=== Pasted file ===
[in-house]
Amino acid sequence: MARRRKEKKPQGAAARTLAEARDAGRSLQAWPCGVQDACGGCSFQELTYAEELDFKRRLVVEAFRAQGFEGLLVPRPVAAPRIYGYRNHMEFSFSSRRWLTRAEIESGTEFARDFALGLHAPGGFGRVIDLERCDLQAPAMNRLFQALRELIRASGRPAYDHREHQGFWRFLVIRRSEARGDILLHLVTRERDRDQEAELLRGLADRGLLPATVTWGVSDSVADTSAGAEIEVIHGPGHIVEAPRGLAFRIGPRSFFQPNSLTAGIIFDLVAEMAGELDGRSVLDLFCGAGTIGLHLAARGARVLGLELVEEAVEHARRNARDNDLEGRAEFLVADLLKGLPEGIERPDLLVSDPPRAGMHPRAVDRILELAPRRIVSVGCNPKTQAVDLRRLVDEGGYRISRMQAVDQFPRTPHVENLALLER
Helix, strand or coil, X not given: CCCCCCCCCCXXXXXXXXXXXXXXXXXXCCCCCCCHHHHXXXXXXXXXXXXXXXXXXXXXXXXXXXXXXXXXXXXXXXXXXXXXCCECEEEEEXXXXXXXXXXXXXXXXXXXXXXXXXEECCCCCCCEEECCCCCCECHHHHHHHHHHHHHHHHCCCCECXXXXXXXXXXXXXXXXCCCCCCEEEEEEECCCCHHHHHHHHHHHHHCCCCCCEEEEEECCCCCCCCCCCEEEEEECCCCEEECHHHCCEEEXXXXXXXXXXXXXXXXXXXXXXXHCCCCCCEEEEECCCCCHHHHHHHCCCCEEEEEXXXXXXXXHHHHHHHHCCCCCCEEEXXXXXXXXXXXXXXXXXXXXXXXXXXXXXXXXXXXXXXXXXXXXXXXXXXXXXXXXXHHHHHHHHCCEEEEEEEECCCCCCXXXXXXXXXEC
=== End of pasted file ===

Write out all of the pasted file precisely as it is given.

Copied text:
[in-house]
Amino acid sequence: MARRRKEKKPQGAAARTLAEARDAGRSLQAWPCGVQDACGGCSFQELTYAEELDFKRRLVVEAFRAQGFEGLLVPRPVAAPRIYGYRNHMEFSFSSRRWLTRAEIESGTEFARDFALGLHAPGGFGRVIDLERCDLQAPAMNRLFQALRELIRASGRPAYDHREHQGFWRFLVIRRSEARGDILLHLVTRERDRDQEAELLRGLADRGLLPATVTWGVSDSVADTSAGAEIEVIHGPGHIVEAPRGLAFRIGPRSFFQPNSLTAGIIFDLVAEMAGELDGRSVLDLFCGAGTIGLHLAARGARVLGLELVEEAVEHARRNARDNDLEGRAEFLVADLLKGLPEGIERPDLLVSDPPRAGMHPRAVDRILELAPRRIVSVGCNPKTQAVDLRRLVDEGGYRISRMQAVDQFPRTPHVENLALLER
Helix, strand or coil, X not given: CCCCCCCCCCXXXXXXXXXXXXXXXXXXCCCCCCCHHHHXXXXXXXXXXXXXXXXXXXXXXXXXXXXXXXXXXXXXXXXXXXXXCCECEEEEEXXXXXXXXXXXXXXXXXXXXXXXXXEECCCCCCCEEECCCCCCECHHHHHHHHHHHHHHHHCCCCECXXXXXXXXXXXXXXXXCCCCCCEEEEEEECCCCHHHHHHHHHHHHHCCCCCCEEEEEECCCCCCCCCCCEEEEEECCCCEEECHHHCCEEEXXXXXXXXXXXXXXXXXXXXXXXHCCCCCCEEEEECCCCCHHHHHHHCCCCEEEEEXXXXXXXXHHHHHHHHCCCCCCEEEXXXXXXXXXXXXXXXXXXXXXXXXXXXXXXXXXXXXXXXXXXXXXXXXXXXXXXXXXHHHHHHHHCCEEEEEEEECCCCCCXXXXXXXXXEC